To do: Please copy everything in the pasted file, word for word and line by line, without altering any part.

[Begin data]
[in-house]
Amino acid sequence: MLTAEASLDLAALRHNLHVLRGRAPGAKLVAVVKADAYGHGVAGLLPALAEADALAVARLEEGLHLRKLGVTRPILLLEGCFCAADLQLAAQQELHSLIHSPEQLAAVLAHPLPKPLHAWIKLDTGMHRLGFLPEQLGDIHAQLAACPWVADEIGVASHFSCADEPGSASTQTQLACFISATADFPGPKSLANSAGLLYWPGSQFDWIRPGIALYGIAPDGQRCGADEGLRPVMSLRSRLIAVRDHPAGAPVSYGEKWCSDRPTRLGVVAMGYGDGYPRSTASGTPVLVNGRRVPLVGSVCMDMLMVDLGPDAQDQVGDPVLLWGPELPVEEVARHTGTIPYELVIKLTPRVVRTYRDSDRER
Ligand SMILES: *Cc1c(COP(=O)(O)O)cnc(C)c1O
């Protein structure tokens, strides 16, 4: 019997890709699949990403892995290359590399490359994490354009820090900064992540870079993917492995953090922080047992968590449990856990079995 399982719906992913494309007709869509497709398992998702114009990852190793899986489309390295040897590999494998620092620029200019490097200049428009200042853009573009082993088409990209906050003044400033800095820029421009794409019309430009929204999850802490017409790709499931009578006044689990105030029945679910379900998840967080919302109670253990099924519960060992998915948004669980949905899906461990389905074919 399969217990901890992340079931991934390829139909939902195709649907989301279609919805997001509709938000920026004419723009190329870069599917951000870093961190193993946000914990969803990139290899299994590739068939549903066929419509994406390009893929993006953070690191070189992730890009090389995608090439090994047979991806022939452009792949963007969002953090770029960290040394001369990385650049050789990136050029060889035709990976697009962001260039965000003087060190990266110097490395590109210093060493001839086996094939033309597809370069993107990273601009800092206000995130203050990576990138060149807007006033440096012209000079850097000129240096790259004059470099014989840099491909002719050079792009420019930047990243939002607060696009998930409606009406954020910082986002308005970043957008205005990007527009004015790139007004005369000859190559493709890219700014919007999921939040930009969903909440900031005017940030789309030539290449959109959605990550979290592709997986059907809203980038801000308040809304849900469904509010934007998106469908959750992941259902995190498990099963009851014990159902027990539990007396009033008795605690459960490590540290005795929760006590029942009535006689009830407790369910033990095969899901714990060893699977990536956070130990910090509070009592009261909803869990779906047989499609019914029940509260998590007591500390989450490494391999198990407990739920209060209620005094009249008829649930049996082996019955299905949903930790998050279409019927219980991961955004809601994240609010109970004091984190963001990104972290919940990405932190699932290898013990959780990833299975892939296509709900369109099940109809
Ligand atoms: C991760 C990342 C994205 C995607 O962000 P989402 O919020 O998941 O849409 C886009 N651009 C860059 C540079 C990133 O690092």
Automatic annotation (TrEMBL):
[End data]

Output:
[in-house]
Amino acid sequence: MLTAEASLDLAALRHNLHVLRGRAPGAKLVAVVKADAYGHGVAGLLPALAEADALAVARLEEGLHLRKLGVTRPILLLEGCFCAADLQLAAQQELHSLIHSPEQLAAVLAHPLPKPLHAWIKLDTGMHRLGFLPEQLGDIHAQLAACPWVADEIGVASHFSCADEPGSASTQTQLACFISATADFPGPKSLANSAGLLYWPGSQFDWIRPGIALYGIAPDGQRCGADEGLRPVMSLRSRLIAVRDHPAGAPVSYGEKWCSDRPTRLGVVAMGYGDGYPRSTASGTPVLVNGRRVPLVGSVCMDMLMVDLGPDAQDQVGDPVLLWGPELPVEEVARHTGTIPYELVIKLTPRVVRTYRDSDRER
Ligand SMILES: *Cc1c(COP(=O)(O)O)cnc(C)c1O
């Protein structure tokens, strides 16, 4: 019997890709699949990403892995290359590399490359994490354009820090900064992540870079993917492995953090922080047992968590449990856990079995 399982719906992913494309007709869509497709398992998702114009990852190793899986489309390295040897590999494998620092620029200019490097200049428009200042853009573009082993088409990209906050003044400033800095820029421009794409019309430009929204999850802490017409790709499931009578006044689990105030029945679910379900998840967080919302109670253990099924519960060992998915948004669980949905899906461990389905074919 399969217990901890992340079931991934390829139909939902195709649907989301279609919805997001509709938000920026004419723009190329870069599917951000870093961190193993946000914990969803990139290899299994590739068939549903066929419509994406390009893929993006953070690191070189992730890009090389995608090439090994047979991806022939452009792949963007969002953090770029960290040394001369990385650049050789990136050029060889035709990976697009962001260039965000003087060190990266110097490395590109210093060493001839086996094939033309597809370069993107990273601009800092206000995130203050990576990138060149807007006033440096012209000079850097000129240096790259004059470099014989840099491909002719050079792009420019930047990243939002607060696009998930409606009406954020910082986002308005970043957008205005990007527009004015790139007004005369000859190559493709890219700014919007999921939040930009969903909440900031005017940030789309030539290449959109959605990550979290592709997986059907809203980038801000308040809304849900469904509010934007998106469908959750992941259902995190498990099963009851014990159902027990539990007396009033008795605690459960490590540290005795929760006590029942009535006689009830407790369910033990095969899901714990060893699977990536956070130990910090509070009592009261909803869990779906047989499609019914029940509260998590007591500390989450490494391999198990407990739920209060209620005094009249008829649930049996082996019955299905949903930790998050279409019927219980991961955004809601994240609010109970004091984190963001990104972290919940990405932190699932290898013990959780990833299975892939296509709900369109099940109809
Ligand atoms: C991760 C990342 C994205 C995607 O962000 P989402 O919020 O998941 O849409 C886009 N651009 C860059 C540079 C990133 O690092």
Automatic annotation (TrEMBL):